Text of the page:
mon 16/10/2017

tv

Jonas Kaufmann: Tenor for the Ages, BBC Four review - a musical megastar with sword and shortbread

Jessica Duchen

Now we know who sent Jonas Kaufmann the Union Jack boxer shorts for the Last Night of the Proms. Whether the sender’s identity is the bigger surprise, or the hint of ambiguity over whether the "Greatest Tenor in the World" had previously heard of one of Britain’s favourite baritones – well, you decide. And no, we don’t learn who threw the knickers at him from the arena.

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George Michael: Freedom, Channel 4 review - just a supersized commercial?

adam Sweeting

You might expect a posthumous 90-minute documentary – and that’s before you insert the ad breaks – about one of the biggest stars in British pop music over the last 30 years to shed some light on how said artist became so huge, but also how his career slowed to a crawl and his life came to such a depressing end.

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Lucy Worsley's Nights at the Opera, BBC Two review - there's anti-elitism, and there's infantilism

jasper Rees

The first thing to say about Lucy Worsley’s Nights at the Opera (BBC Two) is that it is laser-aimed at those who have not enjoyed many nights at the opera. Enjoyed in the sense of attended; also, probably, in the sense of enjoyed.

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Russia 1917: Countdown to Revolution, BBC Two review - words stronger than pictures 100 years on

jasper Rees

It’s getting to that time of the century. A hundred years ago to the month, if not quite the day, the Winter Palace was stormed, and the Russian Revolution came to pass.

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Snowfall, BBC Two review - blizzard hits South Central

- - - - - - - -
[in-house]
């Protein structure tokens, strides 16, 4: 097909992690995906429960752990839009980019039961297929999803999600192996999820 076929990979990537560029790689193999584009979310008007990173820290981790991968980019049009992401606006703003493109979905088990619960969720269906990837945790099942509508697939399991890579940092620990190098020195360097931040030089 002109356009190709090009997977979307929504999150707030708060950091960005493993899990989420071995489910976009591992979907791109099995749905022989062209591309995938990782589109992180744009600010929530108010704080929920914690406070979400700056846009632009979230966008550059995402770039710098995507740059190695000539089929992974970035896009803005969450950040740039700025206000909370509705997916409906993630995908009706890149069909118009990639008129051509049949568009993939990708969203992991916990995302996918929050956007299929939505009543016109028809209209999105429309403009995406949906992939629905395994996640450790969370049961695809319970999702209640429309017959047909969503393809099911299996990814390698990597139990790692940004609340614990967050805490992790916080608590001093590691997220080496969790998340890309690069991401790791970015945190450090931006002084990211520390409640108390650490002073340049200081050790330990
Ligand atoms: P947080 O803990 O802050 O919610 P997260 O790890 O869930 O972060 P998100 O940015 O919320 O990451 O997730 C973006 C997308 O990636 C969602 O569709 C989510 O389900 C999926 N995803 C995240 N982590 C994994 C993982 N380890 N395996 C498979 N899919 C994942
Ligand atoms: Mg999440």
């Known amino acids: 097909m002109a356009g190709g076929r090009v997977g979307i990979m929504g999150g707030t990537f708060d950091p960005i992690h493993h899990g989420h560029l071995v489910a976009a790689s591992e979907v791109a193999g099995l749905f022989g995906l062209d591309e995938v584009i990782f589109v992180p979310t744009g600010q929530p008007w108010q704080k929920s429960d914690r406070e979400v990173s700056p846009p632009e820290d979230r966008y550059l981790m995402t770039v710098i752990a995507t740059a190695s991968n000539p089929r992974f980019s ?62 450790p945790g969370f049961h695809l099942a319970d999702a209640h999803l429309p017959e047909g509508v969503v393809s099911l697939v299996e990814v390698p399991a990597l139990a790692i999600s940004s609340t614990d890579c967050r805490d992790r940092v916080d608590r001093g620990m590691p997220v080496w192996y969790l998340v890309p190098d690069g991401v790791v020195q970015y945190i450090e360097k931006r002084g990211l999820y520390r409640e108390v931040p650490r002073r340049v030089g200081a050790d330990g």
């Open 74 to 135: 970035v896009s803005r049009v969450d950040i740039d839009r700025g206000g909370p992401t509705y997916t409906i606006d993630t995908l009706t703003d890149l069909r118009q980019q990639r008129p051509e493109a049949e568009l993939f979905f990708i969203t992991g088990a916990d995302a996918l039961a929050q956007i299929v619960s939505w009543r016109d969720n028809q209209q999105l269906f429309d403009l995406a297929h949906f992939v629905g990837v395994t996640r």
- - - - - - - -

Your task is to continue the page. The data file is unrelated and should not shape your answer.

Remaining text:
adam Sweeting

An American TV show about drugs and drug dealers? How frightfully novel. At least The Deuce (showing now on Sky Atlantic) is about pornography instead.

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Black Lake, Series Finale, BBC Four review – Nordic noir comes to an unsatisfying end

Barney Harsent

Beware – here be spoilers, though if you can make them out through the blizzard of cliché that engulfed the last double-bill of this thunderingly underwhelming Nordic noir then you’re already ahead of me.

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Nile Rodgers: How to Make It in the Music Business, BBC Four review - good times had by all

jasper Rees

One New Year’s Eve in the 1970s, hot young session musicians Nile Rodgers and Bernard Edwards were assured by Grace Jones that they could penetrate the inner sanctum of Studio 54 by dropping her name at the door. A doorman thought otherwise and invited them to "fuck off".

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Basquiat: Rage to Riches review, BBC Two – death rides an equine skeleton

marina Vaizey

An irresistible tragedy: young man of Haitian and Puerto Rican descent, from Brooklyn, multilingual, brilliantly precocious, who left his middle class home to turn to street life in Manhattan, metamorphosing into a mesmerising graffiti artist. SAMO© was his response to "how are you?" Same old shit...

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Doctor Foster, Series 2 finale, BBC One review - revenge is a dish best not served twice

jasper Rees

The second helping of Doctor Foster (BBC One) looked for a long time as if it would taste exactly like the first. Another plate of hell hath no fury, please, with extra bile on the side.

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The Last Post, BBC One review - sundown on the Empire

adam Sweeting

Peter Moffat, author of Silk and The Village, has turned his sights on the last days of Empire for his latest series. Specifically, Moffat has mined his own memories of growing up in a British Army family in Aden in the 1960s, where his father was in the Military Police.

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